The Licensing Executives Society USA and Canada recruits ambassadors to connect with first-time IAMC attendees before the annual meeting to help them better navigate the three-day event. "We match ambassadors and new attendees by their technology area of interest, so that the connections are mutually useful," says Robert Held, president and chairman, LES.

During its meeting, LES hosts a first-time and new-members' event immediately before the opening reception. "After the initial interaction, we hope newcomers will feel safe asking ambassadors whenever they have questions, especially those they met prior to the opening ceremony," says Held.

Set Up Successful Seating

“How many people step into the meeting room and look for an end-of-the-row seat or stack bags and beverages on either side of them to avoid sitting next to a stranger?” Currie asked attendees at the ASAE breakout session. The question was met with a roar of agreeable laughter. “We don’t offer any theater-style seating during our events,” she noted. “Theater seating is so impersonal and really limits conversation to awkward, over-the-shoulder whispers.”

Instead, Currie and her team design the meeting room with a variety of round tables -- four-, six- or eight-seat rounds -- and a few high-tops in the back for attendees on the run (refer to the diagram, left, to get a better sense of the setup). “Acting like a human is challenging when you’re in a room full of strangers," Currie said. "We try to break down challenges by setting up the room with a more inclusive and conversational seating style.”

A planner might also consider the taboo of assigning seats, as
Teamwork Services, a Minneapolis consulting firm, chooses to do. “When attendees arrive, they might grumble about seating assignments, especially those that get ‘stuck’ near the front of the room, when they would have preferred to sit in the back,” allows Tom LaForce, owner of Teamwork Services. Nevertheless, he cites the following reasons for the practice.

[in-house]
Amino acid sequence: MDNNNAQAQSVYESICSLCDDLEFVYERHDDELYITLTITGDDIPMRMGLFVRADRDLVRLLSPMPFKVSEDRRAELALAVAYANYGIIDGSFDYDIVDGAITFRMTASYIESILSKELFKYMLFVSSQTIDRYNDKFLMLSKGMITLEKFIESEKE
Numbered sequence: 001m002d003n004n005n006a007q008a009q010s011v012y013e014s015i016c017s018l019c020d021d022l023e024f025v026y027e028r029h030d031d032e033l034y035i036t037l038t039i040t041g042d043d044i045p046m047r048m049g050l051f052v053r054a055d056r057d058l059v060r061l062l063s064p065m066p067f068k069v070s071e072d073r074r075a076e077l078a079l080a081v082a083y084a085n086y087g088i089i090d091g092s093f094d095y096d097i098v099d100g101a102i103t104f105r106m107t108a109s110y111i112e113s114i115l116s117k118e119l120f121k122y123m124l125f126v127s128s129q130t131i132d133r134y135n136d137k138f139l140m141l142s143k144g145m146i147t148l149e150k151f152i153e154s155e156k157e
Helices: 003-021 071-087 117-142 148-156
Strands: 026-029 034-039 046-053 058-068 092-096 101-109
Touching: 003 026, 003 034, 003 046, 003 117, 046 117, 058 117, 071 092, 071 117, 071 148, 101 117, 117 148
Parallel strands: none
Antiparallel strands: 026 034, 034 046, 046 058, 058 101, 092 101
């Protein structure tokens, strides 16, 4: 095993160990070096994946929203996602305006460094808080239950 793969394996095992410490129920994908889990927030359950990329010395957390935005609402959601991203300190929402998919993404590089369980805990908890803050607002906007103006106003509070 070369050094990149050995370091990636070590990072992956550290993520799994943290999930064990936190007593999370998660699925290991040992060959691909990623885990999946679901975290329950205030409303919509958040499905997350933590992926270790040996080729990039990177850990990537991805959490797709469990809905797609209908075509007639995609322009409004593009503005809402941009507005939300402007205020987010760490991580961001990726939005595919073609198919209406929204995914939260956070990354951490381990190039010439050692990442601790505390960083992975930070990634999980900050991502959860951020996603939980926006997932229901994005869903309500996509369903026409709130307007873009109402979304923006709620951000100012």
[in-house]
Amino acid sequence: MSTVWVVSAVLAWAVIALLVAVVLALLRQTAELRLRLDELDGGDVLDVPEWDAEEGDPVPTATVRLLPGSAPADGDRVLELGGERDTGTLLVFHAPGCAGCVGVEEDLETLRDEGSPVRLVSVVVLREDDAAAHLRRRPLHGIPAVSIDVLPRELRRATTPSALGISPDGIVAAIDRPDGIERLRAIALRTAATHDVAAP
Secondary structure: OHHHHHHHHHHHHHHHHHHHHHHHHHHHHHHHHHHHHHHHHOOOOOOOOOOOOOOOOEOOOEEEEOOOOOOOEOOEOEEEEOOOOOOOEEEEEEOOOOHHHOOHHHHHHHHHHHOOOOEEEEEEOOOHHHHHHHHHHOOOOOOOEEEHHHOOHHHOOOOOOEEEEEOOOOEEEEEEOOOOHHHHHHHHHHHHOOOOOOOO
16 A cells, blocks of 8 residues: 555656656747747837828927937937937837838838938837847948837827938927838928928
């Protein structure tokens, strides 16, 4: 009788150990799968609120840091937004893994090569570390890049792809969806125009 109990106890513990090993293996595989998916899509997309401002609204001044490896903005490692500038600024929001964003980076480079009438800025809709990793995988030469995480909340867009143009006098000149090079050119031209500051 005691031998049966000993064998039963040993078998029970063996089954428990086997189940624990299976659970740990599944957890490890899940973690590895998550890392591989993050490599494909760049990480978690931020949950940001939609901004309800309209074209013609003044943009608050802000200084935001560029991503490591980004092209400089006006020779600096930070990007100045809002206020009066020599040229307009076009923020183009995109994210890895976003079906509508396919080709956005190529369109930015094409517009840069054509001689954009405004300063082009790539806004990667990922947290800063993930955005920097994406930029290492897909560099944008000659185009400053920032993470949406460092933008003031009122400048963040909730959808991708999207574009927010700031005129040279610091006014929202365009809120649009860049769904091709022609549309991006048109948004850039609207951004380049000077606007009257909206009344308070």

• It mixes up the normal dynamic so that attendees make new connections.
  • It increases the breadth of perspectives for small group discussions.
  • It balances out the power in the room. When there are people from varying levels, LaForce might choose to mix it up or keep peers together. In either case, a seating plan is handy.
  • It supercharges unique collaborations. When otherwise strangers sit next to each other, LaForce's hope is that they will create some interesting chemistry.

The best part, LaForce says, is that attendees always seem to walk away from the meeting happy that they had the chance to meet and speak with someone they otherwise might not have. 

Maximize the Meeting App

“One of the easiest ways to help newcomers feel more equipped is to provide them with a strong meeting app," says Sara El Saied, manager, business development and industry relations, for the Association of Women's Health, Obstetric and Neonatal Nurses. "We use the Confex app to manage our annual conference information. It allows attendees to create personalized convention schedules, view posters, access floor plans and exhibitor listings, and connect with other attendees.” 

El Saied says she personally appreciates the fact that attendees are able to engage with each other via the platform. “Confex gives me a sort of one-stop-shopping space to connect with others at the AWHONN Conference. There’s a lot of customization within the app, too, which our audience really appreciates. 

“Any app or meeting management system that offers personalization is such a help not only for the planner, but for the attendee,” El Saied continues. “Allowing users the opportunity to add an icon to their app profile, highlighting them as a first-timer or solo traveler, helps create connections with others in the same boat before even meeting on the expo hall floor.”

Customization appears a favored theme. "A tailored event app helps attendees foster relationships, share ideas and get to know one another within the platform, as opposed to striking up a conversation out of thin air," says Elin Warfvinge, marketing manager for MeetApp. "Communicating virtually builds strong relationships, especially since attendees can put a face to the name before the actual event. It makes it easy to share thoughts, ideas and, when meeting personally, mobile apps can even serve as icebreakers."